As the last member of my immediate family, I am concerned about the distribution of my large collection of antique china, glassware, and pottery that I have acquired, some from my paternal grandmother.
I have compiled a scrapbook with a picture of each of my items, along with the history of the company that made it, the bill of sale for the item, and any information about its history that I can acquire from its seller.
I also have it arranged in chronological order and have tried to find similar items on on-line sites with the current value of the piece. This assures me that the owner of these treasures after me will know of their individual values.
I enjoyed your article as I’ve just been looking into my relative who was in the Civil War and is buried near my home. What I didn’t appreciate was your comment about “Nowhere Wisconsin.” I really don’t think any small town should be considered “Nowhere” – that was a very elitist (snobbish) comment and is beneath Antique Trader.
Editor’s note: As a smalltown girl myself, I certainly meant no offense with my comment about Middle of Nowhere, Wis. I was referring to the location of the cemetery and church, likely the only structure remaining in the middle of a 5,000-acre area now dubbed “the barrens,” where my hearty Scandinavian ancestors nearly broke their backs trying to farm the sandy soil. I’m quite proud of that history.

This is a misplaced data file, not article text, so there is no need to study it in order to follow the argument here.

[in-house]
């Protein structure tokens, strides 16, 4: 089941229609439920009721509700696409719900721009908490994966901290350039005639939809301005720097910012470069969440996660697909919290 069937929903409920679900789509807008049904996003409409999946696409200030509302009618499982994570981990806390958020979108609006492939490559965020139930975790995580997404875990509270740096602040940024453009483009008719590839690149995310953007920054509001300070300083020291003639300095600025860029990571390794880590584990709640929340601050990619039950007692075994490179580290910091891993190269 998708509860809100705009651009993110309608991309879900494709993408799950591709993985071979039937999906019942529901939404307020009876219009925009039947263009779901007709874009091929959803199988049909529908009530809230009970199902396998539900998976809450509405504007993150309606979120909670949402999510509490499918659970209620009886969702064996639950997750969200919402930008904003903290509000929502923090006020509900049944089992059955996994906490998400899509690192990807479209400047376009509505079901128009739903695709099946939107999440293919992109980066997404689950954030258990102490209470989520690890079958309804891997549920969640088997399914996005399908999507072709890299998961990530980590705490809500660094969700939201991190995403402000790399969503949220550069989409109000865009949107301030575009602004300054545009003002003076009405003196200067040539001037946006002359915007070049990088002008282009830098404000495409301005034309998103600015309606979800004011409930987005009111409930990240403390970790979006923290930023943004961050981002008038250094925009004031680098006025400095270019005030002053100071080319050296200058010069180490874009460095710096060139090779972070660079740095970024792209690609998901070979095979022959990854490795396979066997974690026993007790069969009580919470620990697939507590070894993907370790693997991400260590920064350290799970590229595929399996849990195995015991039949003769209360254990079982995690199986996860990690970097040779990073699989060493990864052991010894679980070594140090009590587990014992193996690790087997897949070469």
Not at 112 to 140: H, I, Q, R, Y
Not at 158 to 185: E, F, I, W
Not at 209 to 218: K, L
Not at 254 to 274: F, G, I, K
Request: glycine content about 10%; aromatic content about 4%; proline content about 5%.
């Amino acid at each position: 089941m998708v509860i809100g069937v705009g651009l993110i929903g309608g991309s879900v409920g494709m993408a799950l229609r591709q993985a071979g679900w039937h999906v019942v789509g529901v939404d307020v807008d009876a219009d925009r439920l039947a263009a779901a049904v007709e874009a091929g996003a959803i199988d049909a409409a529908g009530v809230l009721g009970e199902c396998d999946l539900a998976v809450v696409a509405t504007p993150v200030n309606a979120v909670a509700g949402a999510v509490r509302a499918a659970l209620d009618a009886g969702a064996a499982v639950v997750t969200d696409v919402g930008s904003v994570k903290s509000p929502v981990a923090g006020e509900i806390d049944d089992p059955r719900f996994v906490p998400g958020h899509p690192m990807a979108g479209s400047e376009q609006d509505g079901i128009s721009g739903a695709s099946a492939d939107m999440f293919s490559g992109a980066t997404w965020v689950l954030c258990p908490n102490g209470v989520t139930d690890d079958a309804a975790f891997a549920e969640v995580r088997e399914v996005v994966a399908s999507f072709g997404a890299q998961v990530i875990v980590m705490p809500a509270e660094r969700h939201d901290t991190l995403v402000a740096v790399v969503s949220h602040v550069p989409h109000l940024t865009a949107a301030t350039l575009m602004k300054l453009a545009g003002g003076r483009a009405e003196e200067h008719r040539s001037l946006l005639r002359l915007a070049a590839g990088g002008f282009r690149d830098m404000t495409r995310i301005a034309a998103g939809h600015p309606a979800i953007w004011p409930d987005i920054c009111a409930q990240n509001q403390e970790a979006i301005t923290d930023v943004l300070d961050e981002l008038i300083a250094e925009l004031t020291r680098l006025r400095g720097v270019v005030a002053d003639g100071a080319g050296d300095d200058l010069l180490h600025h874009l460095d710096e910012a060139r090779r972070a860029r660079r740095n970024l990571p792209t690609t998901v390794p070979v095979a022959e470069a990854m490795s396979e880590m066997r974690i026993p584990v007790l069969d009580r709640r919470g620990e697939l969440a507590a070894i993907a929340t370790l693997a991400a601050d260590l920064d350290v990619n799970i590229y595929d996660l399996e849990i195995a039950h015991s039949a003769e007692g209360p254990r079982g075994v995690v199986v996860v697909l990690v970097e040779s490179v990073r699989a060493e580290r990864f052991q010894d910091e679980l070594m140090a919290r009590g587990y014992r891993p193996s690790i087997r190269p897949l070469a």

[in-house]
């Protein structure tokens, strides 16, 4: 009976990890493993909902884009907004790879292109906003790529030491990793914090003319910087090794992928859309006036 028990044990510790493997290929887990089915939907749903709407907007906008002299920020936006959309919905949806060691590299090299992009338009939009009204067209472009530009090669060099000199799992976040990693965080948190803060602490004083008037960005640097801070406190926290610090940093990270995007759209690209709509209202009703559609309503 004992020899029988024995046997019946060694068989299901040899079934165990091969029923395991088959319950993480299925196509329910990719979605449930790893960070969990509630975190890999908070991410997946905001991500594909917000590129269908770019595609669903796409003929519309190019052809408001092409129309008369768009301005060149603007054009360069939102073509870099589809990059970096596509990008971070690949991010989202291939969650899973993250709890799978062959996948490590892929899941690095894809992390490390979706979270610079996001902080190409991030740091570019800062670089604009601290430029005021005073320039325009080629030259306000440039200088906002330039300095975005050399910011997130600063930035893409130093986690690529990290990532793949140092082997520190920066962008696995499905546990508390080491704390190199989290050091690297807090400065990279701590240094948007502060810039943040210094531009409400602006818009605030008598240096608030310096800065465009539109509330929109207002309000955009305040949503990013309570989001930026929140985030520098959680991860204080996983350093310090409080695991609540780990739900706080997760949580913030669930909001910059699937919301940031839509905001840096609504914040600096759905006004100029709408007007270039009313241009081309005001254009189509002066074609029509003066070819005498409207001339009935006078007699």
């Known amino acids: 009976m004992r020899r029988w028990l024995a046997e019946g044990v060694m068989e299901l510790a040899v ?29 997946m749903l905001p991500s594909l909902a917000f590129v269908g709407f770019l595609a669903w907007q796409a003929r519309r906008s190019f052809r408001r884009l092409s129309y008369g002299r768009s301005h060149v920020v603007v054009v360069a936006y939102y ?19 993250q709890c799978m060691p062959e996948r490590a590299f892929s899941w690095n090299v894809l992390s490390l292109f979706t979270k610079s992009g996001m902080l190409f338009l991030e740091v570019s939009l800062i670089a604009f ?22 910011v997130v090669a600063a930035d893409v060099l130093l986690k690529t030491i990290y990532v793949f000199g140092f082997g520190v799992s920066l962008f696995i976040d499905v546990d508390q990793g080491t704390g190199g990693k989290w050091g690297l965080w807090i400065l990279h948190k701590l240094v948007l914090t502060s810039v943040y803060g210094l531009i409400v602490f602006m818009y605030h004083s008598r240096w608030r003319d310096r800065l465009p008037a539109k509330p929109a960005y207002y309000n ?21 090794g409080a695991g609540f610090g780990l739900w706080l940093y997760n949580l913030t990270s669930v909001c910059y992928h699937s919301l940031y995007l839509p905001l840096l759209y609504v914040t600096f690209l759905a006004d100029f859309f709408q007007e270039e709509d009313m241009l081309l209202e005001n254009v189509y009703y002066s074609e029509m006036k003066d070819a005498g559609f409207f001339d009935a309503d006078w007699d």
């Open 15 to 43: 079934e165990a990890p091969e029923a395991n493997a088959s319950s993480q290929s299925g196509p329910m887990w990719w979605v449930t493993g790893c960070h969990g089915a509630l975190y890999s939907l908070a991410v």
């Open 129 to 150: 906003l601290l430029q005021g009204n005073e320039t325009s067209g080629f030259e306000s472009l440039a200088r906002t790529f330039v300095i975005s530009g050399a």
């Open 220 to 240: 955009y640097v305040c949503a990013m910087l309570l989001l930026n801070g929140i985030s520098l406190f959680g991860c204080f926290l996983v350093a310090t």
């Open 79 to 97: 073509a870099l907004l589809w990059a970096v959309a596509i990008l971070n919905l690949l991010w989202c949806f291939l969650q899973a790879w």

I am so pleased you asked this question. Passing on the history of my family heirlooms has been a project that has consumed over 20 years of my life, and I’m still working on it! I have constructed a family heirloom inventory with photos and descriptions of all the stuff that has been handed down to me from 8 preceding households and 5 generations, as well as the items that I have acquired in my life.
At the urging of family and friends, I have even written and self published a handbook called The Stuff of Life — Creating Your Family Heirloom Inventory about how I went about doing the research and putting it all together. Of course, the real treasures of a family are the people in it. We keep the stuff because we can’t keep them.
Webster’s defines “heirloom” as “Something of special value handed on from one generation to another.” Since “special” is a relative term, anything that means something to you can be considered an heirloom. Maybe it’s something you inherited, like your grandmother’s sugar bowl. Maybe it’s something you acquired, like a trinket from your honeymoon. Its value is decided by you, whether it would get any attention at the Antiques Roadshow or not. Even if your offspring encourage you to hide it in a closet. Hopefully they will come around one day and value it as you do – if only because you do.
To learn more about Karen’s book, visit her Web site, http://home.earthlink.net/~enhance01, or e-mail her at firstname.lastname@example.org.
Your article offered a great idea with the video camera. Another thought: A person could talk through their inventory so the next generation not only has the information, but they can hear the sound of their ancestor’s voice.